If there’s been one constant in the last few years, it’s my general opposition to what the feds have tried to do when it comes to the airline industry. Now, they’re at it once again by suing to block United from leasing 12 slot pairs from Delta at Newark. I can’t say I like the way the Department of Justice (DOJ) is presenting its case, but for once, I don’t disagree with the idea.
Some of the notable government challenges in the past have come during mergers. Sure, DOJ rolled over and approved the United/Continental merger, requiring only the disposition of 18 slot pairs to Southwest. But the department, under new direction from Bill Baer, Assistant Attorney General for Antitrust, took a hard line against American and US Airways by trying to block that merger outright. Yes, that would undoubtedly reduce competition on some specific routes, but on the whole it made American a viable competitor to Delta and United in a way it wasn’t before. Much of DOJ’s concern (including the disappearance of US Airways Advantage fares) has been proven wrong. Then there’s the more recent collusion investigation, which is just silly.
This is Different
But those are primarily about mergers and the aftermath; what we’re talking about here is different. Back in June, United announced it would be pulling out of JFK and consolidating its flights to LA and San Francisco in Newark. As part of the deal, there were two separate transactions that effectively amounted to a slot swap. Delta agreed to lease United’s 12 slot pairs at JFK for $14 million. At the same time, United agreed to lease 12 of Delta’s Newark slot pairs (one of which was only during the summer) for $14 million. These leases were long term and auto-renewing so in effect, it was a slot swap that was done within the rules.
Delta’s lease at JFK was approved quickly, likely because while Delta does have a large position there, it doesn’t dominate. Meanwhile, the clock kept ticking on United’s lease at Newark. It took an absurdly long 5 months for DOJ to basically dust off an old press release and announce it was suing to block the deal in Newark. You can read the entire complaint here.
You’re probably expecting me to get angry and refute everything DOJ has to say. That’s not going to happen. I do think DOJ is making some really stupid arguments that can be easily dismissed. But overall, there is some merit to the overall idea here… that United already has a dominant position at the effectively full airport and other airlines should be able to get access.
Building the Case
The basic rationale for trying to block this is that United has a dominant position at the airport and it already squats on some slots that it doesn’t use. DOJ likes to pick and choose the numbers that make its case look best. In this case, that number is the percentage of slots being held. United currently holds 73 percent of slots and that would go up to 75 percent if the deal goes through.
In reality, United serves a much lower percentage of total passengers at the airport. That’s because it has a lot of regional jets flying around to small cities whereas other airlines are flying big jets to their hubs or overseas. So if you’re talking about passenger numbers, then United has a lower percentage. But yes, it still serves well over half of the airport’s passengers, and it is no doubt dominant there.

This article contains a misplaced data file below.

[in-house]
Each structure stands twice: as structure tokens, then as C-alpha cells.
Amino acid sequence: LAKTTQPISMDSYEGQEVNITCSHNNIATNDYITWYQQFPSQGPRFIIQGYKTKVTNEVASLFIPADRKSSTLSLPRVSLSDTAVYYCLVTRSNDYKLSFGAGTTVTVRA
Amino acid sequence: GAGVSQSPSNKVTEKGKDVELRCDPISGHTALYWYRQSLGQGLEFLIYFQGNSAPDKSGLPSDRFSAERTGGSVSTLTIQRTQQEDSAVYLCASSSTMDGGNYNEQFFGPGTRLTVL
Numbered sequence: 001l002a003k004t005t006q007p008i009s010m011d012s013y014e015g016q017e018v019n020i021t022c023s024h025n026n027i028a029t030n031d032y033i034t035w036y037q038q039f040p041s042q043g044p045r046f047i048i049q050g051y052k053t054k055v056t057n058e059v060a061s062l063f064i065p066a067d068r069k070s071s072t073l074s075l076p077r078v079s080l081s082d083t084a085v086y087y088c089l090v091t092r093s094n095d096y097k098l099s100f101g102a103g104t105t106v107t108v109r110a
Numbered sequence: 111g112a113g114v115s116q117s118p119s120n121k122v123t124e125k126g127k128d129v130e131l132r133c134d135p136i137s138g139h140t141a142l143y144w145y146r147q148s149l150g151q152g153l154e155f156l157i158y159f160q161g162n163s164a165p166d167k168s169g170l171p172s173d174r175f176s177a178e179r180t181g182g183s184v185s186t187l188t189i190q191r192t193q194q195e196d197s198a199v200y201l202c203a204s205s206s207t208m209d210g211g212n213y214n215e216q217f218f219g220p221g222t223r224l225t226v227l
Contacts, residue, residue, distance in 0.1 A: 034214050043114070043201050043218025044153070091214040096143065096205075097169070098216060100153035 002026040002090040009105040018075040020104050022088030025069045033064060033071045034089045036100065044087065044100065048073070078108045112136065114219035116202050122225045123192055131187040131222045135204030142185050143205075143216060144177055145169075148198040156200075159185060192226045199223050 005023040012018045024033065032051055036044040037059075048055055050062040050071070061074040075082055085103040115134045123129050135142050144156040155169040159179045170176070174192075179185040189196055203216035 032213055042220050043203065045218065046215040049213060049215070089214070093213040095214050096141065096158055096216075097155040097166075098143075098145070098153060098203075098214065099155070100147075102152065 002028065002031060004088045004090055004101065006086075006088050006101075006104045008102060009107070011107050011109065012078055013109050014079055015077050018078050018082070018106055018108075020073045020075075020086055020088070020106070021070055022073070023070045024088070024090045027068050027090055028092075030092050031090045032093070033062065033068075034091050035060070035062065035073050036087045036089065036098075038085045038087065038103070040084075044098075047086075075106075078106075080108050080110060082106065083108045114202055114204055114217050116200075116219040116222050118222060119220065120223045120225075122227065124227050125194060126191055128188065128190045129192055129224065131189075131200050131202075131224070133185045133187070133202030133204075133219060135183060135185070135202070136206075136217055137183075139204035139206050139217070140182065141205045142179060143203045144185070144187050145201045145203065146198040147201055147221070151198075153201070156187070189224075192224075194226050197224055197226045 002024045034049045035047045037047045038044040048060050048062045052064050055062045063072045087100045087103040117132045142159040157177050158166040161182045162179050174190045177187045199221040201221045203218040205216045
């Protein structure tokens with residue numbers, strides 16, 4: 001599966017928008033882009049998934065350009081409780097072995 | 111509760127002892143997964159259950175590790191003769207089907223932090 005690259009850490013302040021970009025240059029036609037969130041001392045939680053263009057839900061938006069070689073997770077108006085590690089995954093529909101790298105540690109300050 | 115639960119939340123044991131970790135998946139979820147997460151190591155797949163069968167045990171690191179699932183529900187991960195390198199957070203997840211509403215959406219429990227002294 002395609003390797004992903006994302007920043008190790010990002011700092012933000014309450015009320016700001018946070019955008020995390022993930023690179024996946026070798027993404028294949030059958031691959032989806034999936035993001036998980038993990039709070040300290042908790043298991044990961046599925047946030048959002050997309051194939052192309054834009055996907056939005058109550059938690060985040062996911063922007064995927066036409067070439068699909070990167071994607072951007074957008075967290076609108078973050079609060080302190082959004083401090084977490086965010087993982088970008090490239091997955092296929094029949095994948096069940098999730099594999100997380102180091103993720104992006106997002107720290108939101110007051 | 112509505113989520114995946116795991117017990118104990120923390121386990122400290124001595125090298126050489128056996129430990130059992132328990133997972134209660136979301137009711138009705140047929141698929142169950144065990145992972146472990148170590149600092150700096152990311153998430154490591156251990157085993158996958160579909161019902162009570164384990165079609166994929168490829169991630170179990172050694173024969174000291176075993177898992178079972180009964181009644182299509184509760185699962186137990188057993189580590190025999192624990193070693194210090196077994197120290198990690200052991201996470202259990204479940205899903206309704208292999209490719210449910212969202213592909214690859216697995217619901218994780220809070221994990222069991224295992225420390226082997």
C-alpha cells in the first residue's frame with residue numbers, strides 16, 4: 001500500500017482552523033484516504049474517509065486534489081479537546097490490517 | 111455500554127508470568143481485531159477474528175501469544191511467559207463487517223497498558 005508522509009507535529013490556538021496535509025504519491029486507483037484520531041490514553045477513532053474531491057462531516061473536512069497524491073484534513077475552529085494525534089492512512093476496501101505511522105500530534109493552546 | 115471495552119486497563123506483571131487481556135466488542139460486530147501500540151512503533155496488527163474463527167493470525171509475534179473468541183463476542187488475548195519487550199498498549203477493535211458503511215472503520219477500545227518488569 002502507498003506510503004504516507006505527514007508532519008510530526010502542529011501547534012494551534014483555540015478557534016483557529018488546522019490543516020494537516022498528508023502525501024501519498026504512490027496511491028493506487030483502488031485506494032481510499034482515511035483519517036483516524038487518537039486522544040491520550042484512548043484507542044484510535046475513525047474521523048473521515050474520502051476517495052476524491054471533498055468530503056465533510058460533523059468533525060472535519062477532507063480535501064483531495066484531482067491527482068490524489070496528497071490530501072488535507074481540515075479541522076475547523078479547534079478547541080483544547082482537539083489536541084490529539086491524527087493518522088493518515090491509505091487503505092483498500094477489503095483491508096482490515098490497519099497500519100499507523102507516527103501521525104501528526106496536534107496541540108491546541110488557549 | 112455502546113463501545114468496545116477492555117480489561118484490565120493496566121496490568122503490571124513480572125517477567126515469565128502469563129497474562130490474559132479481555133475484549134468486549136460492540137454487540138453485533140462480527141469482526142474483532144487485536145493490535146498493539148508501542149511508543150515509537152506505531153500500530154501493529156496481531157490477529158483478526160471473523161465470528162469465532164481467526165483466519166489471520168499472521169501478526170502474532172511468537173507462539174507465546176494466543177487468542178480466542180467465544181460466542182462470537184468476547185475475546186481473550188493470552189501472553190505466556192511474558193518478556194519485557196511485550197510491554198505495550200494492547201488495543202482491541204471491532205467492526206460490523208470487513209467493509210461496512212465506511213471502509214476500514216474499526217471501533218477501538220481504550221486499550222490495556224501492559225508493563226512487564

What about the second part of that argument? DOJ acts like it has a smoking gun in saying that United “‘grounds’ as many as 82 slots at Newark” every day. That’s just silly. The key there is “as many as.” DOJ isn’t looking at an average number here but is instead cherry-picking the day with the most unused slots, I presume. Every airline operates this way. Schedules vary with demand by day-of-week and by season as well. A Saturday in September is going to have a lot fewer flights than a Monday will. That’s why slots have rules on how often they have to be used. And United follows those rules. (You’ll find this in every airline’s schedule, even that of DOJ golden-child Southwest.)
The Big Question
To me, this just distracts from the main argument. First, what is the consumer benefit here? Unlike when US Airways and Delta swapped slots in New York and Washington, this isn’t a major change in operations. Delta was building a hub at LaGuardia and US Airways was able to add service to a bunch of new cities in Washington. That was a very big change with real positive benefits. In this case, United would simply be able to add 12 flights each day. My guess is that means more frequencies in a handful of markets and not much more; it doesn’t materially improve United’s ability to operate a killer hub in Newark.
On the other hand, there are other carriers that would be interested in getting more access to Newark that they can’t get today. Even 12 departures would materially alter their ability to provide service. The consumer impact would likely be greater than letting United have just a handful more. Of course, this is just rational discussion. None of that matters. What matters is the law, and whether this violates anti-trust rules.
An open market solution is probably not going to change anything here (the slots are worth more to United than anyone else), so that’s why the feds are stepping in to challenge the deal. While I can’t understand why it took DOJ this long to act, I can see the merits of taking this to court. Let the legal system decide what’s right here. Or maybe United will offer to divest a couple of slots to make this go away.
I may not like the way DOJ is building its case, but in principle I don’t object. I’m going to be curious to see if the deal is abandoned, if a settlement comes out of this, or if it goes to court.
[Original SWAT team photo via Shutterstock]